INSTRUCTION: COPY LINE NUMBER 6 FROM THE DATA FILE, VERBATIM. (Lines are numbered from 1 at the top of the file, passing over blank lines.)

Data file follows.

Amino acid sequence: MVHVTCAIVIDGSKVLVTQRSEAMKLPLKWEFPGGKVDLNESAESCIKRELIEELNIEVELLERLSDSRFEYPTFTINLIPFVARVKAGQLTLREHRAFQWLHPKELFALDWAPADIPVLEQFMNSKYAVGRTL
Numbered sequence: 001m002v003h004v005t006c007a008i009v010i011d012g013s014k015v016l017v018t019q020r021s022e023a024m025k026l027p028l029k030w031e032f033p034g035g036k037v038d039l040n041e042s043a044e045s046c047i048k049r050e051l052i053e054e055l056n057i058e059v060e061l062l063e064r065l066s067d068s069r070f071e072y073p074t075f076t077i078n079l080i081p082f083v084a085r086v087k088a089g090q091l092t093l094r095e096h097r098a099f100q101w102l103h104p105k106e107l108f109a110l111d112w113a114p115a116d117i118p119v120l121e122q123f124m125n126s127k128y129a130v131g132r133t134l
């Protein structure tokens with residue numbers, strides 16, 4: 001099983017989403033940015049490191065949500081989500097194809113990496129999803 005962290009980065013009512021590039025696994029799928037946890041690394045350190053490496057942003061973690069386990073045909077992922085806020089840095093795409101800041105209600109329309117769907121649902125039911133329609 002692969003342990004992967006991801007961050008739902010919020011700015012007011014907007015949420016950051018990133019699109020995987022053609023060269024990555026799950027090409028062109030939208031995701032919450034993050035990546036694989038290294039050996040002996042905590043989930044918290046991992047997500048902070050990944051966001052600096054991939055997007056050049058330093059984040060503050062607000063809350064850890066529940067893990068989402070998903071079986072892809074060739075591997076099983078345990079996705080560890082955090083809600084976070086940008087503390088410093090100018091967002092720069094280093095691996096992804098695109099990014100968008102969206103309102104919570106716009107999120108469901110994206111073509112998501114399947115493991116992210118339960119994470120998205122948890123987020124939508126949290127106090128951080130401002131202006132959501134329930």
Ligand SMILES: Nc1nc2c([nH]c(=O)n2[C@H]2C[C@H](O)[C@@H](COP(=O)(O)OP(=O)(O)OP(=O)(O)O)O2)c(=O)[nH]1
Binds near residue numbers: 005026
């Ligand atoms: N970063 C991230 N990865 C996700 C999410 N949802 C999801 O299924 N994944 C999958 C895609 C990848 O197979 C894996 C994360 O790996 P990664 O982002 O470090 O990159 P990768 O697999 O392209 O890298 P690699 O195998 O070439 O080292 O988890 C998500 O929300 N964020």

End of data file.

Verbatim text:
């Ligand atoms: N970063 C991230 N990865 C996700 C999410 N949802 C999801 O299924 N994944 C999958 C895609 C990848 O197979 C894996 C994360 O790996 P990664 O982002 O470090 O990159 P990768 O697999 O392209 O890298 P690699 O195998 O070439 O080292 O988890 C998500 O929300 N964020």